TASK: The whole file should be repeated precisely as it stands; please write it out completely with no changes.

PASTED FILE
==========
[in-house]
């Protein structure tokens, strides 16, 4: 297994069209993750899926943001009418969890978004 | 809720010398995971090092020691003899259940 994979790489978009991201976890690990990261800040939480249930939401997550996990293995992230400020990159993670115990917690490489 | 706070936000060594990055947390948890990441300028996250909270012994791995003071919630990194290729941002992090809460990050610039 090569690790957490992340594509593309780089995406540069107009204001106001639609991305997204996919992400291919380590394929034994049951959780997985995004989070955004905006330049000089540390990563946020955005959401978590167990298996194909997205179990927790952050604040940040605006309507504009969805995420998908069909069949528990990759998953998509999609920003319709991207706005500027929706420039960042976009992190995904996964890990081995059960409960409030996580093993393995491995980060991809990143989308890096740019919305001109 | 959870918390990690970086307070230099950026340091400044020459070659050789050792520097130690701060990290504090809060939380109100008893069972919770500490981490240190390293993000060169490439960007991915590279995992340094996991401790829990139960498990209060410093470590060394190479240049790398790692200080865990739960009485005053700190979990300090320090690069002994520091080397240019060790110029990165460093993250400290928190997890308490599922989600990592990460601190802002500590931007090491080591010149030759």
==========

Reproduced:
[in-house]
């Protein structure tokens, strides 16, 4: 297994069209993750899926943001009418969890978004 | 809720010398995971090092020691003899259940 994979790489978009991201976890690990990261800040939480249930939401997550996990293995992230400020990159993670115990917690490489 | 706070936000060594990055947390948890990441300028996250909270012994791995003071919630990194290729941002992090809460990050610039 090569690790957490992340594509593309780089995406540069107009204001106001639609991305997204996919992400291919380590394929034994049951959780997985995004989070955004905006330049000089540390990563946020955005959401978590167990298996194909997205179990927790952050604040940040605006309507504009969805995420998908069909069949528990990759998953998509999609920003319709991207706005500027929706420039960042976009992190995904996964890990081995059960409960409030996580093993393995491995980060991809990143989308890096740019919305001109 | 959870918390990690970086307070230099950026340091400044020459070659050789050792520097130690701060990290504090809060939380109100008893069972919770500490981490240190390293993000060169490439960007991915590279995992340094996991401790829990139960498990209060410093470590060394190479240049790398790692200080865990739960009485005053700190979990300090320090690069002994520091080397240019060790110029990165460093993250400290928190997890308490599922989600990592990460601190802002500590931007090491080591010149030759």